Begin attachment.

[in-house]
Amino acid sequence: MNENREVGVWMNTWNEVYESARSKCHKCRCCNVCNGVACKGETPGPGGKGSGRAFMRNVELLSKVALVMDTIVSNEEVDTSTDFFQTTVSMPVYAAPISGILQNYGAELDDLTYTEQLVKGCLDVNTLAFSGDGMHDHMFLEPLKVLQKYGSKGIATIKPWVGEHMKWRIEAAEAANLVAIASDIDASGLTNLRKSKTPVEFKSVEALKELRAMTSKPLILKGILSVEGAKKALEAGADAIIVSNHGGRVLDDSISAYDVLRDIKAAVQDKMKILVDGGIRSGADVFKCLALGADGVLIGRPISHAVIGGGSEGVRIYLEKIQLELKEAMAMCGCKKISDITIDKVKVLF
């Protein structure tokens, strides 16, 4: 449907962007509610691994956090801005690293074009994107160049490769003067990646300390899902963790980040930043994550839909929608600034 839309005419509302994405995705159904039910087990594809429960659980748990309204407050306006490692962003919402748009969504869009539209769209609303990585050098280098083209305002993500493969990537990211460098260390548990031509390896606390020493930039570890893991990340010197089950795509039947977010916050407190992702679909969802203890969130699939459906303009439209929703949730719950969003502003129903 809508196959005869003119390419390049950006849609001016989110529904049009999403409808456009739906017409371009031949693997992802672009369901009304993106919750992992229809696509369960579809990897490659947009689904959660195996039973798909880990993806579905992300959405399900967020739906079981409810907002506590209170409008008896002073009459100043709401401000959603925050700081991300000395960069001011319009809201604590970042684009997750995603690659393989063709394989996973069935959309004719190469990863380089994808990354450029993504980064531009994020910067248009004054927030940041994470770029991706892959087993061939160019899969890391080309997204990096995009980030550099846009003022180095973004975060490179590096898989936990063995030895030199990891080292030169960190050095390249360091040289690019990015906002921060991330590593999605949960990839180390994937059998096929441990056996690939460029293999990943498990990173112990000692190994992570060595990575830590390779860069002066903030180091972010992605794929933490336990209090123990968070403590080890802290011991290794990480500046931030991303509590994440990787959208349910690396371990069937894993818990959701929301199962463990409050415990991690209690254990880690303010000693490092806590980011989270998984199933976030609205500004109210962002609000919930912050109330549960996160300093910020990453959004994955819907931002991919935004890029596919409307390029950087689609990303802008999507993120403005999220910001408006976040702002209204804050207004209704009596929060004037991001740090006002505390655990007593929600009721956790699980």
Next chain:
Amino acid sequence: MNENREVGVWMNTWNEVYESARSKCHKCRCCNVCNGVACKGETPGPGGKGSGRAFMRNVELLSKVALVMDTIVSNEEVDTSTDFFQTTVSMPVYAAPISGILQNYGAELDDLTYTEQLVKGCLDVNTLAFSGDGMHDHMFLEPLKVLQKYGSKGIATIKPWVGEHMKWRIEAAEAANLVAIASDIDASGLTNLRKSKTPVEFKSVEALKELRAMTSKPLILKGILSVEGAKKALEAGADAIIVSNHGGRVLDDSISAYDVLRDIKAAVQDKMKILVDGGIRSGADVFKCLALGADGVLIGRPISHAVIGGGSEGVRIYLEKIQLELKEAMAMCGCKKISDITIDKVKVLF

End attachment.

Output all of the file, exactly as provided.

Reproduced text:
[in-house]
Amino acid sequence: MNENREVGVWMNTWNEVYESARSKCHKCRCCNVCNGVACKGETPGPGGKGSGRAFMRNVELLSKVALVMDTIVSNEEVDTSTDFFQTTVSMPVYAAPISGILQNYGAELDDLTYTEQLVKGCLDVNTLAFSGDGMHDHMFLEPLKVLQKYGSKGIATIKPWVGEHMKWRIEAAEAANLVAIASDIDASGLTNLRKSKTPVEFKSVEALKELRAMTSKPLILKGILSVEGAKKALEAGADAIIVSNHGGRVLDDSISAYDVLRDIKAAVQDKMKILVDGGIRSGADVFKCLALGADGVLIGRPISHAVIGGGSEGVRIYLEKIQLELKEAMAMCGCKKISDITIDKVKVLF
């Protein structure tokens, strides 16, 4: 449907962007509610691994956090801005690293074009994107160049490769003067990646300390899902963790980040930043994550839909929608600034 839309005419509302994405995705159904039910087990594809429960659980748990309204407050306006490692962003919402748009969504869009539209769209609303990585050098280098083209305002993500493969990537990211460098260390548990031509390896606390020493930039570890893991990340010197089950795509039947977010916050407190992702679909969802203890969130699939459906303009439209929703949730719950969003502003129903 809508196959005869003119390419390049950006849609001016989110529904049009999403409808456009739906017409371009031949693997992802672009369901009304993106919750992992229809696509369960579809990897490659947009689904959660195996039973798909880990993806579905992300959405399900967020739906079981409810907002506590209170409008008896002073009459100043709401401000959603925050700081991300000395960069001011319009809201604590970042684009997750995603690659393989063709394989996973069935959309004719190469990863380089994808990354450029993504980064531009994020910067248009004054927030940041994470770029991706892959087993061939160019899969890391080309997204990096995009980030550099846009003022180095973004975060490179590096898989936990063995030895030199990891080292030169960190050095390249360091040289690019990015906002921060991330590593999605949960990839180390994937059998096929441990056996690939460029293999990943498990990173112990000692190994992570060595990575830590390779860069002066903030180091972010992605794929933490336990209090123990968070403590080890802290011991290794990480500046931030991303509590994440990787959208349910690396371990069937894993818990959701929301199962463990409050415990991690209690254990880690303010000693490092806590980011989270998984199933976030609205500004109210962002609000919930912050109330549960996160300093910020990453959004994955819907931002991919935004890029596919409307390029950087689609990303802008999507993120403005999220910001408006976040702002209204804050207004209704009596929060004037991001740090006002505390655990007593929600009721956790699980």
Next chain:
Amino acid sequence: MNENREVGVWMNTWNEVYESARSKCHKCRCCNVCNGVACKGETPGPGGKGSGRAFMRNVELLSKVALVMDTIVSNEEVDTSTDFFQTTVSMPVYAAPISGILQNYGAELDDLTYTEQLVKGCLDVNTLAFSGDGMHDHMFLEPLKVLQKYGSKGIATIKPWVGEHMKWRIEAAEAANLVAIASDIDASGLTNLRKSKTPVEFKSVEALKELRAMTSKPLILKGILSVEGAKKALEAGADAIIVSNHGGRVLDDSISAYDVLRDIKAAVQDKMKILVDGGIRSGADVFKCLALGADGVLIGRPISHAVIGGGSEGVRIYLEKIQLELKEAMAMCGCKKISDITIDKVKVLF